Several days ago I passed one of my 117 students as I drove home from school. We both pulled to a stop light—I in my Toyota, he on his bicycle—and waited our turn to cross the busy intersection. I guessed from the dashboard clock that he’d gone to tutorials or served detention or stopped over at a friend’s house before heading home. The student didn’t realize it was me, or at least pretended not to, but I couldn’t help watching him while we waited.
This particular boy is the sort of freckle-faced kid who’s pretty good in math, but more interested in being a clown in the classroom. From time to time, I grind my teeth over him, but we get on all right for despite his efforts, he’s not a very successful comedian.
Seeing him there cast him in a different light. Daylight, actually, for I teach in a windowless, basement classroom. But more than that. I’d forgotten how small he is until I saw him in contrast to the cars rushing by, buildings and trees and lampposts dwarfing him, wide blue sky curving overhead. I thought about how hard he tries to gain attention and acceptance from his peers—not unusual in middle school—and about how often I raise one eyebrow at him.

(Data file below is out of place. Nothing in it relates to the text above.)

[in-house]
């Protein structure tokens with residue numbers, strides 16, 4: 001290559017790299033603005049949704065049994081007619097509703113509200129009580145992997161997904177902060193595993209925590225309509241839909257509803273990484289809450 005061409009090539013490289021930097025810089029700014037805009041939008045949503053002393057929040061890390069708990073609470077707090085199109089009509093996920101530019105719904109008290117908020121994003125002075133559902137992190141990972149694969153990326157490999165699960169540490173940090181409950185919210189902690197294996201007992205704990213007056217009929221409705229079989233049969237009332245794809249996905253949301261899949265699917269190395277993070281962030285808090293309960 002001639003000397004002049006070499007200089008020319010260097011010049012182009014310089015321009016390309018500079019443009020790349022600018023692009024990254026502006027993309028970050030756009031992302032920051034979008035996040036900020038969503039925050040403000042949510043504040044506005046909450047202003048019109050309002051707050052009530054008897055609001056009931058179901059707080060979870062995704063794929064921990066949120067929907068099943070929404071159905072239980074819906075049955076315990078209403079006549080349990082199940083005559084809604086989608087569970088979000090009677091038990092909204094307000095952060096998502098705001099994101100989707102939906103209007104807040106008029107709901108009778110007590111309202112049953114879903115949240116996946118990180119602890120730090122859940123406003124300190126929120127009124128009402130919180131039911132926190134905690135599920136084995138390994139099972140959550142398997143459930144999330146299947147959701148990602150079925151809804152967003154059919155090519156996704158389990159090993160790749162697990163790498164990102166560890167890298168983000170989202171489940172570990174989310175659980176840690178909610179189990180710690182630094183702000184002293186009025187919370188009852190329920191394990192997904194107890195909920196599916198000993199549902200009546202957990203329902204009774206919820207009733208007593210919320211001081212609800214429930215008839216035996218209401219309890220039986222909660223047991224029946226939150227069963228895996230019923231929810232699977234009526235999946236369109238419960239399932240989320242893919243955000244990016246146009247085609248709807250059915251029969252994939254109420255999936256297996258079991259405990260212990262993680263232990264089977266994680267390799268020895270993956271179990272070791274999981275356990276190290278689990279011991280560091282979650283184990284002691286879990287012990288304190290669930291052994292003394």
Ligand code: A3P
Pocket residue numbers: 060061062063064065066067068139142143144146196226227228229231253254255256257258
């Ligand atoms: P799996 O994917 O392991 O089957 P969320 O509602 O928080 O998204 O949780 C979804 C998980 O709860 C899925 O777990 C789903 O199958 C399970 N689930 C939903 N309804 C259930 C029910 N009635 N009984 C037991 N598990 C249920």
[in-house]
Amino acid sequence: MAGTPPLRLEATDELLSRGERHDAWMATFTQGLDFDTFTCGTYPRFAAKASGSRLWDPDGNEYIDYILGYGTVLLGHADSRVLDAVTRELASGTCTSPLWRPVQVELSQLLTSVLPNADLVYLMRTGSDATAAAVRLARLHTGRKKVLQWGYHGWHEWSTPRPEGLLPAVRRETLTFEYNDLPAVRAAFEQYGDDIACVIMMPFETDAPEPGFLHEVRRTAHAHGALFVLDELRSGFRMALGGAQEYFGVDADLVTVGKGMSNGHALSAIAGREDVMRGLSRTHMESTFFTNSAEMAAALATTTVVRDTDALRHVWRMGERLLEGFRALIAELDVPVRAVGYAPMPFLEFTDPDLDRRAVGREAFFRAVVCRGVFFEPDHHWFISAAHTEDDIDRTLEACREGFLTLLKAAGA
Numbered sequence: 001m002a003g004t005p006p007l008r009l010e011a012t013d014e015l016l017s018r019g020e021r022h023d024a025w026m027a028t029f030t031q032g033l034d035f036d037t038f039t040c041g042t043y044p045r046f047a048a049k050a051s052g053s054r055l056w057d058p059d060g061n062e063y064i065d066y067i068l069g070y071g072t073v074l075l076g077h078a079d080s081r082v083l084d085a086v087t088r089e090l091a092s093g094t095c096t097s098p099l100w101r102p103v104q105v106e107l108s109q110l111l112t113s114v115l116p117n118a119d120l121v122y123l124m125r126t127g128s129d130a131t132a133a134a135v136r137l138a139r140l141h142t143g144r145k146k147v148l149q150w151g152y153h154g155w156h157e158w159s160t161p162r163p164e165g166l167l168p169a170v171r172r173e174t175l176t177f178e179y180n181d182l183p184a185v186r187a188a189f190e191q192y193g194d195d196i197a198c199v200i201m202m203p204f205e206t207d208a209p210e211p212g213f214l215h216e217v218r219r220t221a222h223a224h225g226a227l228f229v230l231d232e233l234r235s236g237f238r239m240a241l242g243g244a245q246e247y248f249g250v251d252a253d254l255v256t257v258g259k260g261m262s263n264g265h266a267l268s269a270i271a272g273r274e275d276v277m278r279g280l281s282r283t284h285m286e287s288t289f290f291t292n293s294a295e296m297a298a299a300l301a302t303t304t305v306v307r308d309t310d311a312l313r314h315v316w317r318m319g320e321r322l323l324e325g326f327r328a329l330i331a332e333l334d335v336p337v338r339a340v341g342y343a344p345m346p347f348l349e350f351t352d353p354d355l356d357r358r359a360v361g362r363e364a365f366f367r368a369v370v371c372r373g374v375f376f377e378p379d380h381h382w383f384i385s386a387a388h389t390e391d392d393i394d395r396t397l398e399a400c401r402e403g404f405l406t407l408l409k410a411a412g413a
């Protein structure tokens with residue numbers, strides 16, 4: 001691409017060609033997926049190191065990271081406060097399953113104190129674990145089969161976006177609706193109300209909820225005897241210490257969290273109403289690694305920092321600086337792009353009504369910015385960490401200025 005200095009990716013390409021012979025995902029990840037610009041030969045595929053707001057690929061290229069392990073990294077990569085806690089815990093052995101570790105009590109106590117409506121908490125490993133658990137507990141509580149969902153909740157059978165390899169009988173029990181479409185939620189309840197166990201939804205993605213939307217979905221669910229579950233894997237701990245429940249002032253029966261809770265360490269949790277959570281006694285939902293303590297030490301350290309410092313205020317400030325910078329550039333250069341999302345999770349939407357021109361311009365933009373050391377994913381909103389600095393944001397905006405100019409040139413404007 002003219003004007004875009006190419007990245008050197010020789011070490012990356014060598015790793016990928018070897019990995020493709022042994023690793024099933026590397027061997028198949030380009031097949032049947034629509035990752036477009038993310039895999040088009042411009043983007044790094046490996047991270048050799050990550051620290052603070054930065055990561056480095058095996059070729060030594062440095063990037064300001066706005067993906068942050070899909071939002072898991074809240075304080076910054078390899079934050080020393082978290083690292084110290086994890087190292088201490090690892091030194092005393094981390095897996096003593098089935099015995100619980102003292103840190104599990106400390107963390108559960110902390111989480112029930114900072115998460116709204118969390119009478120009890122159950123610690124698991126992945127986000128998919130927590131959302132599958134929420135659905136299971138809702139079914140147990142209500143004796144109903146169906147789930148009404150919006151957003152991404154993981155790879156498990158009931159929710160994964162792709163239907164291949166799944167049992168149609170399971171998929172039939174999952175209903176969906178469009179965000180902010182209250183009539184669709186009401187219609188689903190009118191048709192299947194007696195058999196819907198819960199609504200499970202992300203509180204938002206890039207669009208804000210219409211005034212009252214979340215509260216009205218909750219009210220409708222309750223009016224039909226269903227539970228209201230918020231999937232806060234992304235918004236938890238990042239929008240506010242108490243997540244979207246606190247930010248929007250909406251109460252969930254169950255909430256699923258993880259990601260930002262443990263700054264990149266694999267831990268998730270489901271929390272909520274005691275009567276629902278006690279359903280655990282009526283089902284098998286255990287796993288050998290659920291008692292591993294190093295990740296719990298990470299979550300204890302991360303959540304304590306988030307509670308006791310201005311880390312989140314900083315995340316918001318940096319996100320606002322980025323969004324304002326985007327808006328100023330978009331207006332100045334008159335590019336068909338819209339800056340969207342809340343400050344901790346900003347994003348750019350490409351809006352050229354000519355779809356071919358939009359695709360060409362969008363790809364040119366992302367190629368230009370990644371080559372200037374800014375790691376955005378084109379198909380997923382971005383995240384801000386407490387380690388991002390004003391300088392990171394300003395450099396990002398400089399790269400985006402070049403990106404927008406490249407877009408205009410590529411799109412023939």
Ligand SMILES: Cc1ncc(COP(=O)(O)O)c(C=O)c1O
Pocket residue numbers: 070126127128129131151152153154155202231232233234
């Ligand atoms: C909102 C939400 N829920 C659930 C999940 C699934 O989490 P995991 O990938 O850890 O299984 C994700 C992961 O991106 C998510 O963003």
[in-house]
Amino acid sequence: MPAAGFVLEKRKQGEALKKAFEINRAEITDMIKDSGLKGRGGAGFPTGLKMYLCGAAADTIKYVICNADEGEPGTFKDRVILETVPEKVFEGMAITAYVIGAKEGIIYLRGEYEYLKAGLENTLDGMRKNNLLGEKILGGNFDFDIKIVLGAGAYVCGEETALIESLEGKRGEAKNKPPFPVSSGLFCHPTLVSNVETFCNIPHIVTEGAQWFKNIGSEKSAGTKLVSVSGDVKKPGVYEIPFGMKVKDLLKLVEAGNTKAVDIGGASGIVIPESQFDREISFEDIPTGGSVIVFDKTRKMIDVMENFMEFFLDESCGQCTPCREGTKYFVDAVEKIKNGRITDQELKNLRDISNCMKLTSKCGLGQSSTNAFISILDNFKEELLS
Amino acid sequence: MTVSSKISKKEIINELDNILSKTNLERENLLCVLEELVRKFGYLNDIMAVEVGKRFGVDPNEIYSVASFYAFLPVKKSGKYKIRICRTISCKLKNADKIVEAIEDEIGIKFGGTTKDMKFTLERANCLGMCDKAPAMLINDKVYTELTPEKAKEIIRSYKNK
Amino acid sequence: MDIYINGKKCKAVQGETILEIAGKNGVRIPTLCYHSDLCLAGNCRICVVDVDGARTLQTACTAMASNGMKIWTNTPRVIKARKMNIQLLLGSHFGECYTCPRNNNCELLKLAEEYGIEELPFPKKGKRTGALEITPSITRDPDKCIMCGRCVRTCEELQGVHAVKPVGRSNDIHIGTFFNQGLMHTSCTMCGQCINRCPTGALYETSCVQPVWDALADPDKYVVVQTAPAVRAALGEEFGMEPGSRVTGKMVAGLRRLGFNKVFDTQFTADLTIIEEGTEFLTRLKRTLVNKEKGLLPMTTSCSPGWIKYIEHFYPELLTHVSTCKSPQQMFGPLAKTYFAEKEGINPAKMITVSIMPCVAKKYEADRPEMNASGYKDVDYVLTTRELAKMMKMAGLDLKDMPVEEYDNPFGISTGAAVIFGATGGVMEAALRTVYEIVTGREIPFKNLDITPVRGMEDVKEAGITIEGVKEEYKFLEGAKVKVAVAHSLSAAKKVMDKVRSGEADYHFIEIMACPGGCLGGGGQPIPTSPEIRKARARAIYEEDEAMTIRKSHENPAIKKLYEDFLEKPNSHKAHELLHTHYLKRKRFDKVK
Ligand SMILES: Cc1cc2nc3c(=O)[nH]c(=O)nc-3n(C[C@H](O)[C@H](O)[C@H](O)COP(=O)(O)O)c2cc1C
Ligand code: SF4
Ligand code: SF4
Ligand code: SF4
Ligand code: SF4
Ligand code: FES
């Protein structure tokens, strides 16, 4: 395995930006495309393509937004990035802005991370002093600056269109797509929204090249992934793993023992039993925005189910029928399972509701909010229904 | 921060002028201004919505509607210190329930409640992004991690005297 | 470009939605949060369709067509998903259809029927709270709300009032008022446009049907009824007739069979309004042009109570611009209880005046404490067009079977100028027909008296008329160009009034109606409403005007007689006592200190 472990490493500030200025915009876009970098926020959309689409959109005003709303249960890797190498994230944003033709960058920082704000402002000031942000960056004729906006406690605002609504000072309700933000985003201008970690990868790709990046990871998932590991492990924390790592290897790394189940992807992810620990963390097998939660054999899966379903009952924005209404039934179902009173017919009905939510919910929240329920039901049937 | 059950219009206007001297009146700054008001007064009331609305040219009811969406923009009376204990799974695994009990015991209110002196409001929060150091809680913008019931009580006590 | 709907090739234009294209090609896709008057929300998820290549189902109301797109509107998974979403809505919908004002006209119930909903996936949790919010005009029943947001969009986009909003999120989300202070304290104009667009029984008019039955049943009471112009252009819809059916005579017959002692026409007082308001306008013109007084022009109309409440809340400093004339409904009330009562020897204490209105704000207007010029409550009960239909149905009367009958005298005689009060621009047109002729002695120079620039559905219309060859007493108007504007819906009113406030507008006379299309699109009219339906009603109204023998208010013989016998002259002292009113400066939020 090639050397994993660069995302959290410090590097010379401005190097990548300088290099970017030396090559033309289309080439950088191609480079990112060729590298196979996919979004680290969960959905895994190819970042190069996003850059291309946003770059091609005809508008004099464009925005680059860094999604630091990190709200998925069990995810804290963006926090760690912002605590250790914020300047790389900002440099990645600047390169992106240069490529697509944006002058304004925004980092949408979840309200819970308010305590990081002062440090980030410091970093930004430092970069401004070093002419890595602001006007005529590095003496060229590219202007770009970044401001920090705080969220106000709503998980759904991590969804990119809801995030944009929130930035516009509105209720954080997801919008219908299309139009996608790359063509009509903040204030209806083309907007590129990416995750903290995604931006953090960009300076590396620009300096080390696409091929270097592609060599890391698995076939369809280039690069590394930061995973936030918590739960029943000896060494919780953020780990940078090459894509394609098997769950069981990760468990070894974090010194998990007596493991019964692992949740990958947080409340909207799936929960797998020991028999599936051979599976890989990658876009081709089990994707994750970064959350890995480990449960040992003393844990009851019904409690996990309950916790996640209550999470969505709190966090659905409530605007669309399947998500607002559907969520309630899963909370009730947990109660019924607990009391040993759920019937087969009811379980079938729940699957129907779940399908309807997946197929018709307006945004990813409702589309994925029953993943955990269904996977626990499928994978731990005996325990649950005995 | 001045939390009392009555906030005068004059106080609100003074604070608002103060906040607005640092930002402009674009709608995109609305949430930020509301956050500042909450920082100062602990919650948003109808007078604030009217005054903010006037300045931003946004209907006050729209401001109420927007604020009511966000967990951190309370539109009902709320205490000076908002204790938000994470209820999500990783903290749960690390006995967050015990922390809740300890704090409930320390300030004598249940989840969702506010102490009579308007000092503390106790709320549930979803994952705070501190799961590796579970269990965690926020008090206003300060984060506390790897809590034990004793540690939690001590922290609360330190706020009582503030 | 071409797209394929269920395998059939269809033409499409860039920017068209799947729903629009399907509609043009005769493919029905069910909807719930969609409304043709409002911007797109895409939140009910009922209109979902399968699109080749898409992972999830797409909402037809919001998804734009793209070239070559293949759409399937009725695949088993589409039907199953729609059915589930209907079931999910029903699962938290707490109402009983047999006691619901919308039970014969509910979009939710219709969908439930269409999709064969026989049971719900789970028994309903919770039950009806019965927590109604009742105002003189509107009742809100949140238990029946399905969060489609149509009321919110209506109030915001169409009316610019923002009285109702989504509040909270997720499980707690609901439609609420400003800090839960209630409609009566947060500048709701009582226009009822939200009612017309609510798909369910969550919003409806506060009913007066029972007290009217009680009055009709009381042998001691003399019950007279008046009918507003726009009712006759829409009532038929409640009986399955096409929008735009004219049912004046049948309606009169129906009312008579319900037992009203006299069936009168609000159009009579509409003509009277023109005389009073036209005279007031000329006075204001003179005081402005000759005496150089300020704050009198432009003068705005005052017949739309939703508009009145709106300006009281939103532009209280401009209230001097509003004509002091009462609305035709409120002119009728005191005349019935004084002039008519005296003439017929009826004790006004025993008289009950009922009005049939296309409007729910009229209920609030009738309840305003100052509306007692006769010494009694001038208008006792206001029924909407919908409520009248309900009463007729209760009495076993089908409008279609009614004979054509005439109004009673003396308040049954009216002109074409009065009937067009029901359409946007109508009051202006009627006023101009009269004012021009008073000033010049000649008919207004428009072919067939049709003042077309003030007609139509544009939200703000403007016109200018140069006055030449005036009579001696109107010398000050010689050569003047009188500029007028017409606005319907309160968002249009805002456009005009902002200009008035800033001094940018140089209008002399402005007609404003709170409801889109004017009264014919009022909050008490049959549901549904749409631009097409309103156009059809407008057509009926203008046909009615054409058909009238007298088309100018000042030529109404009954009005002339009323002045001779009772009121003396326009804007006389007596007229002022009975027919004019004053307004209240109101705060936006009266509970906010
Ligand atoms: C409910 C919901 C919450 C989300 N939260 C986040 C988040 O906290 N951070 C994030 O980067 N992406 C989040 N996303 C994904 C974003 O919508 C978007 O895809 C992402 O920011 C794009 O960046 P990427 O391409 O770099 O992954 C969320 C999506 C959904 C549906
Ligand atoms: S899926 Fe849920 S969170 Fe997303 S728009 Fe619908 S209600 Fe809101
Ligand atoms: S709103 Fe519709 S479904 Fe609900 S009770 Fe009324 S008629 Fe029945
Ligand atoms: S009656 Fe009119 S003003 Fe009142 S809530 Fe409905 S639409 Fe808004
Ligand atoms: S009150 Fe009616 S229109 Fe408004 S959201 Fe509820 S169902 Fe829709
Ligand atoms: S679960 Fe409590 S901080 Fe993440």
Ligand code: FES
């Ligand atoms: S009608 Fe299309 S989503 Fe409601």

My heart was overwhelmed by compassion for this kid trying to find himself and his way in the world. I regretted the times I’ve felt frustrated by him; felt anything less than the love of Jesus for him.
I said out loud, “He deserves to be loved. Everyone deserves to be loved.”
Just then, two men with backpacks and dirty clothes crossed the street in front of us, and as clearly as if He’d spoken out loud, God reminded me, “Everyone is.”
Now I have no way of judging whether the three people in my line of vision know the love of man or God, but tears gathered in my eyes because for a split second, I felt the crushing grief of all the people in this world who feel unloved. Had it lasted longer than a heartbeat, the pain would have been unbearable. At the same time, my heart was pierced deeply by how many men, women, and children have yet to experience the overwhelming and unconditional love of their Father.
It’s our job, you know, to tell them. To show them. To live the love of God in Christ Jesus among them. To experience it fully in our own lives.
It’s our privilege, but we forget that. We forget to see people the way Jesus sees them. Forget that our loving relationship with the Creator of heaven and earth is something most people can't fathom. That it comes with a responsibility to every living person.
But I'm glad He reminded me.